As much as the wretched condition allows, I try to acknowledge the upside of MS. Sure, dismiss it as a clichéd attempt to “count my blessings”, but consider the alternative: Endlessly recounting every pain and inconvenience of MS is not only too easy, it’s useless. Worse, I maintain it’s harmful. Dwelling on the drawbacks of the disease is a sure path to your own personal Slough of Despond, whence there is no escape. It’s like struggling in quicksand. All that effort only serves to make your descent more inevitable and more painful.
There’s a reason “count your blessings” became a cliché. It’s good advice.
Today, I’m thinking of the clothes, or, as I am often heard to say:
MS: It’s not just a disease, it’s a wardrobe.
It wouldn’t be much of a stretch to say that a significant percentage of my wardrobe was obtained gratis from some MS organization and has the logo, current or past, emblazoned thereon. (Not would I be exaggerating if I said that more than half my wardrobe advertises MS, Haiti, or Martha’s Vineyard.) Here’s a small sample of my swag:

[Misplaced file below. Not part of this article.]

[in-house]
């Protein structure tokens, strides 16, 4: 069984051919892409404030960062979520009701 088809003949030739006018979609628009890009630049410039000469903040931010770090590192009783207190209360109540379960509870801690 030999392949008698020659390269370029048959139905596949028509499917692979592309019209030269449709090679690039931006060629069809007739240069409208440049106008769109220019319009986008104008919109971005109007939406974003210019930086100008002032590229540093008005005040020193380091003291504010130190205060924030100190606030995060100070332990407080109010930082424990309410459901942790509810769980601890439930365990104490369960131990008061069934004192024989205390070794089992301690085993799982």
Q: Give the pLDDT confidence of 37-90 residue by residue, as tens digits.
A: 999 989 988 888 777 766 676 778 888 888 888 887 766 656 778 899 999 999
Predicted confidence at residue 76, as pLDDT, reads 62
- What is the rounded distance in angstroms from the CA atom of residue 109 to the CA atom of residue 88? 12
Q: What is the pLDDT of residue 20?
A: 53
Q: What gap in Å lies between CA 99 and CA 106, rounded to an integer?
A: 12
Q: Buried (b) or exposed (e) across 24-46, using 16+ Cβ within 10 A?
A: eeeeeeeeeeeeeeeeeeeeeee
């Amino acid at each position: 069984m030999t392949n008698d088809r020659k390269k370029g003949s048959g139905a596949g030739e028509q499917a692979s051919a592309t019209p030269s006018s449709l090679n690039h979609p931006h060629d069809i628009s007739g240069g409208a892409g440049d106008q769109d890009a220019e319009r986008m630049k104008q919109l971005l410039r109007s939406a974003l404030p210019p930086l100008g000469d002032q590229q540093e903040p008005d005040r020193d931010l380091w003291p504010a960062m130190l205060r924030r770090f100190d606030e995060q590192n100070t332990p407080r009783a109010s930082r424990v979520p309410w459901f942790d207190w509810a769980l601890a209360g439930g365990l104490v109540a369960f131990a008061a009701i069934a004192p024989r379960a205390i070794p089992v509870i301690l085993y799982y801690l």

There are hats,
I even have MS socks.
I have a scarf somewhere, too, plus these cycling gloves…
…and a whole slew of jerseys like this one:
You’ve probably noticed a pattern here. Many of these items were picked up as a result of participating (since the early 90’s) in MS Bike rides. In that sense, I earned them. Some were just picked up here or there. I even made one myself.
I’m not the only one and biking isn’t the only route to free apparel. Plenty of folks have garnered garments in a similar fashion (pun intended), by volunteering at MS-related events, for instance.
I don’t really need all this garb. It’s nice to know, though, should the doctors, tests, and meds bankrupt me, I’ll have a closet full of free clothes to fall back on.
Of course, it would be nice to have some pants to wear.